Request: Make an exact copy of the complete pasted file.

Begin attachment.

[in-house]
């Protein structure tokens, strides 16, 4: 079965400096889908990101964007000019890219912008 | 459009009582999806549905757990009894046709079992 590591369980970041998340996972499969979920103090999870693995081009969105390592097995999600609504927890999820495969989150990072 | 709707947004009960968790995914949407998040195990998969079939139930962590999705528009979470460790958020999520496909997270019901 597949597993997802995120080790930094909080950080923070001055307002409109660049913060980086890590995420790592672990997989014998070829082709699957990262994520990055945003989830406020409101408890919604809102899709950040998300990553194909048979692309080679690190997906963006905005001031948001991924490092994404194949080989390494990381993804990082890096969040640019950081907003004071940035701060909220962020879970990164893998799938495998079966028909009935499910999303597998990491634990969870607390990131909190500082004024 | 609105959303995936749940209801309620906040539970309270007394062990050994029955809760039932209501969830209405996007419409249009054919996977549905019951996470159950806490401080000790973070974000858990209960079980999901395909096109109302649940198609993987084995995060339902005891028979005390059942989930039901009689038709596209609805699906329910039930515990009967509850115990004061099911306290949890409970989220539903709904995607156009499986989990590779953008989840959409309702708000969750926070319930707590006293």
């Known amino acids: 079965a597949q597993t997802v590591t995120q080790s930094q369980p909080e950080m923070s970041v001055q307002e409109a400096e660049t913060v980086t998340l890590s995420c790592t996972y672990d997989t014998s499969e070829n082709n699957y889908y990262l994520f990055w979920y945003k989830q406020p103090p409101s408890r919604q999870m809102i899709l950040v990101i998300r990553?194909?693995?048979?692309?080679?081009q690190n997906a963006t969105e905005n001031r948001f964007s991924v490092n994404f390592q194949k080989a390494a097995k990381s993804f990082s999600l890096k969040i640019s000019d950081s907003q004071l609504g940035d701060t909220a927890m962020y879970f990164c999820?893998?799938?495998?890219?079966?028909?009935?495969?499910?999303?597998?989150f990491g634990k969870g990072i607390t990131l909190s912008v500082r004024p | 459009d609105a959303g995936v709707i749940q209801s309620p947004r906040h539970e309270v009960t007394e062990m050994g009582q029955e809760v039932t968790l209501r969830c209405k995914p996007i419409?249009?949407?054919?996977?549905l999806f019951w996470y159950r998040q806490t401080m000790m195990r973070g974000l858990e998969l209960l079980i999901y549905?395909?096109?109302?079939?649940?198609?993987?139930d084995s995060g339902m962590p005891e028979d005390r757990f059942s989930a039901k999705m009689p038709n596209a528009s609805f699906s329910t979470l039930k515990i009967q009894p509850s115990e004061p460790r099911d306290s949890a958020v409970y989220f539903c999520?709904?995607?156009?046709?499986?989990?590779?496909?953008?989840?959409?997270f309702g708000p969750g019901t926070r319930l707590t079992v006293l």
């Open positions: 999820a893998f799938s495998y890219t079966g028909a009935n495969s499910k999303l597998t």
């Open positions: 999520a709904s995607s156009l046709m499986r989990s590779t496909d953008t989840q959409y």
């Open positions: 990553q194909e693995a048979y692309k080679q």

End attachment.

[in-house]
């Protein structure tokens, strides 16, 4: 079965400096889908990101964007000019890219912008 | 459009009582999806549905757990009894046709079992 590591369980970041998340996972499969979920103090999870693995081009969105390592097995999600609504927890999820495969989150990072 | 709707947004009960968790995914949407998040195990998969079939139930962590999705528009979470460790958020999520496909997270019901 597949597993997802995120080790930094909080950080923070001055307002409109660049913060980086890590995420790592672990997989014998070829082709699957990262994520990055945003989830406020409101408890919604809102899709950040998300990553194909048979692309080679690190997906963006905005001031948001991924490092994404194949080989390494990381993804990082890096969040640019950081907003004071940035701060909220962020879970990164893998799938495998079966028909009935499910999303597998990491634990969870607390990131909190500082004024 | 609105959303995936749940209801309620906040539970309270007394062990050994029955809760039932209501969830209405996007419409249009054919996977549905019951996470159950806490401080000790973070974000858990209960079980999901395909096109109302649940198609993987084995995060339902005891028979005390059942989930039901009689038709596209609805699906329910039930515990009967509850115990004061099911306290949890409970989220539903709904995607156009499986989990590779953008989840959409309702708000969750926070319930707590006293």
């Known amino acids: 079965a597949q597993t997802v590591t995120q080790s930094q369980p909080e950080m923070s970041v001055q307002e409109a400096e660049t913060v980086t998340l890590s995420c790592t996972y672990d997989t014998s499969e070829n082709n699957y889908y990262l994520f990055w979920y945003k989830q406020p103090p409101s408890r919604q999870m809102i899709l950040v990101i998300r990553?194909?693995?048979?692309?080679?081009q690190n997906a963006t969105e905005n001031r948001f964007s991924v490092n994404f390592q194949k080989a390494a097995k990381s993804f990082s999600l890096k969040i640019s000019d950081s907003q004071l609504g940035d701060t909220a927890m962020y879970f990164c999820?893998?799938?495998?890219?079966?028909?009935?495969?499910?999303?597998?989150f990491g634990k969870g990072i607390t990131l909190s912008v500082r004024p | 459009d609105a959303g995936v709707i749940q209801s309620p947004r906040h539970e309270v009960t007394e062990m050994g009582q029955e809760v039932t968790l209501r969830c209405k995914p996007i419409?249009?949407?054919?996977?549905l999806f019951w996470y159950r998040q806490t401080m000790m195990r973070g974000l858990e998969l209960l079980i999901y549905?395909?096109?109302?079939?649940?198609?993987?139930d084995s995060g339902m962590p005891e028979d005390r757990f059942s989930a039901k999705m009689p038709n596209a528009s609805f699906s329910t979470l039930k515990i009967q009894p509850s115990e004061p460790r099911d306290s949890a958020v409970y989220f539903c999520?709904?995607?156009?046709?499986?989990?590779?496909?953008?989840?959409?997270f309702g708000p969750g019901t926070r319930l707590t079992v006293l």
């Open positions: 999820a893998f799938s495998y890219t079966g028909a009935n495969s499910k999303l597998t």
């Open positions: 999520a709904s995607s156009l046709m499986r989990s590779t496909d953008t989840q959409y």
């Open positions: 990553q194909e693995a048979y692309k080679q």